Radio's "Diamond" Jim Nettleton

Another local radio legend has died -- Jim Nettleton, who acquired the name "Diamond" Jim during his days in Philadelphia, succumbed to lung cancer three weeks after being diagnosed.

Nettleton was a gentleman -- a great guy -- who I came to know when I was in college. By luck, I wound up at WFIL in Philadelphia before consultant Mike Joseph came in and introduced what he called "The Pop Explosion".

Joseph was an interesting guy -- secretive, thorough and he had an ear for hiring future young talent. The stable of nobodies who became somebodies included Chuck Browning, Jay Cook, Nettleton, George Michael, Dave Parks and Frank Kingston Smith on the original jock lineup.

Michael, Nettleton and Smith all went on to WABC in New York -- not bad, as if being a big dog at one of the nations most influential top 40 stations wasn't a big enough accomplishment.

I also had the good fortune of working for WFIL's competitor, WIBG -- not once, but twice. Once as program director. In other words, my station had to compete against "Diamond" Jim -- lots of luck.

Here's a guy who had many careers -- most of which were in his adopted home of Philadelphia. Oldies 98 -- WOGL, WPEN, WUSL. You know, as corny as it may sound, the city of Philadelphia once did a PR campaign about Philly being "the city that loves you back". Boy, was that true.

True of its sports stars -- when they are accepted.

True of its media personalities -- once they are convinced these personalities are real and love their adopted city.

I mention all of this as I recollect this great guy, talented jock and passionate lover of radio.

And as I do, I can just imagine many of you out there in the blogosphere saying, "wait, Jerry, the same thing is happening in my hometown". Pittsburgh, Cleveland, LA ... wherever radio people have earned the right to be adored and revered by their local audiences.

Today, the industry suffers from the opposite problem.

Radio talent is alive but consolidators are killing off local radio. You don't have to look any further than the death of another successful personality to illustrate how important personality is to local radio. And how important local radio is to the audience and the industry's well-being.

For those who think that personality means only playing less music, that would be incorrect.

Nettleton came from an era when radio had just about talked itself into oblivion. Bill Drake came along and cleaned up the formatics, but you'll note he didn't wipe out personalities. Drake made them better.

Having been there I can tell you that WFIL and eventually the giant competitor it beat, WIBG were both using Drake formatics -- "More Music".

So, that's not today's problem.

Let me quote Jim in an email to me not too long ago commenting on the sorry state of local radio:

"I'm afraid you're right - there will, one day in the not too far away future, be massive sales of tall towers for conversion to scrap metal. I can't help but wonder if a lot of it is radio's fault for having become fatally boring over the last many years".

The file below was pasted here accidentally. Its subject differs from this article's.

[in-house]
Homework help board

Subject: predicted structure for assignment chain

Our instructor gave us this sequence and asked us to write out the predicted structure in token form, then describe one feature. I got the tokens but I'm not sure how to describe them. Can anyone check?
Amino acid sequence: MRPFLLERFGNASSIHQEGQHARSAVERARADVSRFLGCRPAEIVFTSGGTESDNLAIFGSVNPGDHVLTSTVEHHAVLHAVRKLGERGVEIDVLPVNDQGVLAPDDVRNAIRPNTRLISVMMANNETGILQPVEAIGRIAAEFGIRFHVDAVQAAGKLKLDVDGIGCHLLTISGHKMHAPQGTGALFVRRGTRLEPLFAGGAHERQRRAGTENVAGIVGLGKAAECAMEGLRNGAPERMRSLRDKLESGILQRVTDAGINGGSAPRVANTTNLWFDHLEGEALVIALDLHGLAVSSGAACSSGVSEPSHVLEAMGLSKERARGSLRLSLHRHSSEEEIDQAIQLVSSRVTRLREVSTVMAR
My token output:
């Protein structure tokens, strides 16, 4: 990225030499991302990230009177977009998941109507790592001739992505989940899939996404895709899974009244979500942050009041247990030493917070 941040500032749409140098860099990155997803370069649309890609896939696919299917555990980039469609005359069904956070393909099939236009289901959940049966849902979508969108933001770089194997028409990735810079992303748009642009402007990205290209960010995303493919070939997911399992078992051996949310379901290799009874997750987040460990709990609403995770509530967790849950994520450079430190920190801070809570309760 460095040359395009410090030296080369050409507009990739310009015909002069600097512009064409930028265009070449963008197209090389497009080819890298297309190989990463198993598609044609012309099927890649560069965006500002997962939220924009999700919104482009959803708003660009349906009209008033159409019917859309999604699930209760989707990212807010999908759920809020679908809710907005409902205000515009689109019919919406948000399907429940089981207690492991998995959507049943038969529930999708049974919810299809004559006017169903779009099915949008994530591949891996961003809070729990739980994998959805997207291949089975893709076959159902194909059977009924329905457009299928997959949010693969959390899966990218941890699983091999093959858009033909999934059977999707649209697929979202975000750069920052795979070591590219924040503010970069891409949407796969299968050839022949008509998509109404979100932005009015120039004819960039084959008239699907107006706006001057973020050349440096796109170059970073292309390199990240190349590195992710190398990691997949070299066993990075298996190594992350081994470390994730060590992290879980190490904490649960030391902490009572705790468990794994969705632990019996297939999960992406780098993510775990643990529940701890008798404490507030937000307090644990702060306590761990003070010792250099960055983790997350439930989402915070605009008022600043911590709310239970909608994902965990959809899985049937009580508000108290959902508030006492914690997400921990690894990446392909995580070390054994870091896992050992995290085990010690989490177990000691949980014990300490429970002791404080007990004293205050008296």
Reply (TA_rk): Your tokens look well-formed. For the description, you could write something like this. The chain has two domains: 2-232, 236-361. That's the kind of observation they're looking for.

And who made it boring?

Certainly not radio talent.

They have had to fight voice tracking (and even do it to keep their jobs). Programming "geniuses" have lately been in love with the big cumes coming in from the People Meter and they are taping their jocks mouths shut. Duh -- listeners like more music, who don't know that (as we say in Philly).

Local radio is all but gone in market after market where if you can find one live personality at a consolidated cluster, you're lucky.

"Diamond" Jim was with me on the future of radio -- the digital edition. He wrote:

"Agree re: internet. That's why I started RadioPhillyStyle nearly 2 years back. Listenership has been great - 34 countries, 90 cities in the US. Hopefully, reports that autos will soon be offering service are true - could be another FM phenomenon as in the 70s".

At the time of his death, Nettleton was helping to do a reincarnation of the "Wibbage" (WIBG) brand on a little dinky AM station in Atlantic City. Hey -- no station is dinky if it is close to our city limits.

The old saying is that you don't appreciate what you have until you lose it.

We're seeing a lot of that now as 60's era top 40 "more music" personalities take on their new gig in the sky.

But the same adage applies to the handful of powerful consolidators who own just about everything in our industry.

They don't appreciate what they acquired until they are now in the process of losing it.

It wasn't towers and transmitters.

It was a different asset.

The talent who traveled the country looking for a radio home they could adopt. This union of broadcast skills with local residence made for a loyal fan base, willing advertising support and a unique position for terrestrial radio.

I will argue that it wasn't the Internet or mobile phones or social networking that killed the radio star. Consolidators and poor managers killed the radio star.

Now that we're actually losing some of radios best, we can appreciate what we had.

Local radio is about personalities who live, work and raise their families among the people they entertain.

Jim Nettleton was one of them.

Will it take an act of God for radio to wake up and appreciate the critical importance of local talent?

Or an act of Congress to restore local radio as a prerequisite for holding a broadcast license.

Nonetheless, the next generation of Jim Nettleton's is being squandered format by format.

So as we pay respect to one of radio's Hall of Famers, let us also renew our appreciation for what successful radio really is -- local personalities.

There can be no better way to remember the life of this great "boss jock" than to rededicate our focus on that which is really important in radio.

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